Since the advent of WEB, fans and columnists have access to phenomenal communication facilities, completely changing the research for music. Formerly, to find poorly distributed albums, you had to buy costly imports or else settle for poor cassette copies. Now, we must make a rather tedious sorting among all available publications, obtained legally or not. This is a frustrating exercise, which brings the amateur to get stuck in the swamp of mediocre productions. This sad fact is however tempered by the occasional and fortuitous discovery of great bands or quality albums. It's kind of what happens when I put my ears on “Krypteia," the 2012 debut album of the German horde ENTARTUNG.
I discover, from the first notes of ”Flucht In Die Finsternis”, a band in full possession of its faculties, who plays heavily inspired Eastern Europe (Ukraine, in particular) kind of Black Metal. The songs are built around a few riffs that develop an atmosphere that is both epic and melancholic. Faster, ”Der Sieg Der Vergänglichkeit” reminds of some DRUDKH songs, with its fast picking and its hushed battery. We can also perceive large Scandinavian influences on almost every title. Thus, ”Über Die Grenzen Des Todes” has elements (drums, vocals) clearly borrowed from a group such as SARGEIST. The album takes a more contemplative and ambient turn with ”Drei Milliarden Herzschläge”, sober and mid-tempo, but goes again with ”Boreas, Gott Der Nordwinde” and its epic pagan coating which evokes a frenzied stampede. It's ”Wenn Die Jagd Beginnt (Christenverfolgung)” which concludes the album. With nine minutes, it is also his longest title. Punctuated by great saturated guitar passages, alternating with bass solo and male choral singing, this song presents a good synthesis of this Germanic horde's creative potential.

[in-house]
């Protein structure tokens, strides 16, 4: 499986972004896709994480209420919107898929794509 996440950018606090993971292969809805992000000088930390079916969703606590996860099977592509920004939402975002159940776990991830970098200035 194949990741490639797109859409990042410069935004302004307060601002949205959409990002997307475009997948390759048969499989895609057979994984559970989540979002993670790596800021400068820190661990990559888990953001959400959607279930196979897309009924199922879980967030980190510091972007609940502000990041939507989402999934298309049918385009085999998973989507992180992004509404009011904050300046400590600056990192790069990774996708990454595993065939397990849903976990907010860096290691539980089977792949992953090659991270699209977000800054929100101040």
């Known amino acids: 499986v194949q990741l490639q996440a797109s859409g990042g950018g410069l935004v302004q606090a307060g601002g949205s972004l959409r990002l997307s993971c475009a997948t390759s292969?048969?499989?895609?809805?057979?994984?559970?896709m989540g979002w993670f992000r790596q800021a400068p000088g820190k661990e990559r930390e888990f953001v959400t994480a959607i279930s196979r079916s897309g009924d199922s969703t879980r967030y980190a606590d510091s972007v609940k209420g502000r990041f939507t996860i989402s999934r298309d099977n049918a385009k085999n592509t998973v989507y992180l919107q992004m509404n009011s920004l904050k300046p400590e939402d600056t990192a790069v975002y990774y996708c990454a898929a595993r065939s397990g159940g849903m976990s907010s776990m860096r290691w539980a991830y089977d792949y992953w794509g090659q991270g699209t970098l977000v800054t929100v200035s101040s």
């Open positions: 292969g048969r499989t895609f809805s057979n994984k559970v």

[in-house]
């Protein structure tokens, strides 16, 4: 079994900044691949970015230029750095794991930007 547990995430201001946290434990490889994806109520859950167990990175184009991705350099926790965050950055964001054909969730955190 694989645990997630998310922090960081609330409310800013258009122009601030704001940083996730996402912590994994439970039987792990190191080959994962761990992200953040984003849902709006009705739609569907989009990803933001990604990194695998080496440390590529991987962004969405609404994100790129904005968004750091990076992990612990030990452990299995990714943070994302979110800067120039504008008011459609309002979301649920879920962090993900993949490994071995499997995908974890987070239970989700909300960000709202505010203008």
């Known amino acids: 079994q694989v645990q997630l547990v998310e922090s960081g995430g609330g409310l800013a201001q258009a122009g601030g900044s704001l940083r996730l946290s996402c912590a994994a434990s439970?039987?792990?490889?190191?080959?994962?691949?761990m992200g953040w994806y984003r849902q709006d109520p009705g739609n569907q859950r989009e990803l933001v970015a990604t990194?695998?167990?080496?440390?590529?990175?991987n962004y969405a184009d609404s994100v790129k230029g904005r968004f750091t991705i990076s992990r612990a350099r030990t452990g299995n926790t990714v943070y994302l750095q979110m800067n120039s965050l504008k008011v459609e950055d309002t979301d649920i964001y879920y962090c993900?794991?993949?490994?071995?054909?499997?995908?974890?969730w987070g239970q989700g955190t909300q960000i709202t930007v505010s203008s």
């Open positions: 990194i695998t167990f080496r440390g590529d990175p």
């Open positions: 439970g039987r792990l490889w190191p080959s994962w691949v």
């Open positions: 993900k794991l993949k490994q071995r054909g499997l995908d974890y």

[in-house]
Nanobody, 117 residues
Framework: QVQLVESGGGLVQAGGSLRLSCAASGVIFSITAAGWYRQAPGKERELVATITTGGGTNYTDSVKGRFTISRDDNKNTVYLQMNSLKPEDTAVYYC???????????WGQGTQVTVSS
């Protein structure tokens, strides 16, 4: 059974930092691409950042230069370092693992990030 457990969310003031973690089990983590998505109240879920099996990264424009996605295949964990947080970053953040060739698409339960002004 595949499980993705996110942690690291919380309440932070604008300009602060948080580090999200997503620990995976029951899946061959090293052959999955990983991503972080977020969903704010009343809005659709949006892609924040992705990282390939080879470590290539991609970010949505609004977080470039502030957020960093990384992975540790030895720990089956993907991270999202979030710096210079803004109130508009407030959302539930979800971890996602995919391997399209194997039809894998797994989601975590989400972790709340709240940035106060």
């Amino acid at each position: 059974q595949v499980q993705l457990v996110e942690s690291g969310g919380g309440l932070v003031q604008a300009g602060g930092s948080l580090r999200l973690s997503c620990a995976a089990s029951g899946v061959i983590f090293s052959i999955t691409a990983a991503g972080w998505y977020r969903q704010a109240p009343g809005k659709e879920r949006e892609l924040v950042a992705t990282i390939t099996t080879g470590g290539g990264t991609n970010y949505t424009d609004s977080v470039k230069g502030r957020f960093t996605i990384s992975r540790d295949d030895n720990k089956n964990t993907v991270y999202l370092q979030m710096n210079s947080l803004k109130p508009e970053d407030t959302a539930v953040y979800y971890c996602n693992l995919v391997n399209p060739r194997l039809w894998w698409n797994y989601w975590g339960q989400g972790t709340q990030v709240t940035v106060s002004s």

We know little about ENTARTUNG, a group that has no official website and whose members are unknown. But one thing is certain, they are not beginners. Their first album demonstrates easily their extensive knowledge of Black Metal and qualities as interpreters. ”Krypteia” is clearly not revolutionizing anything, but it offers very good music, a rarity in this age of convenience where anyone can flood the web with its poor and uninteresting creations.
(Online July 5, 2012)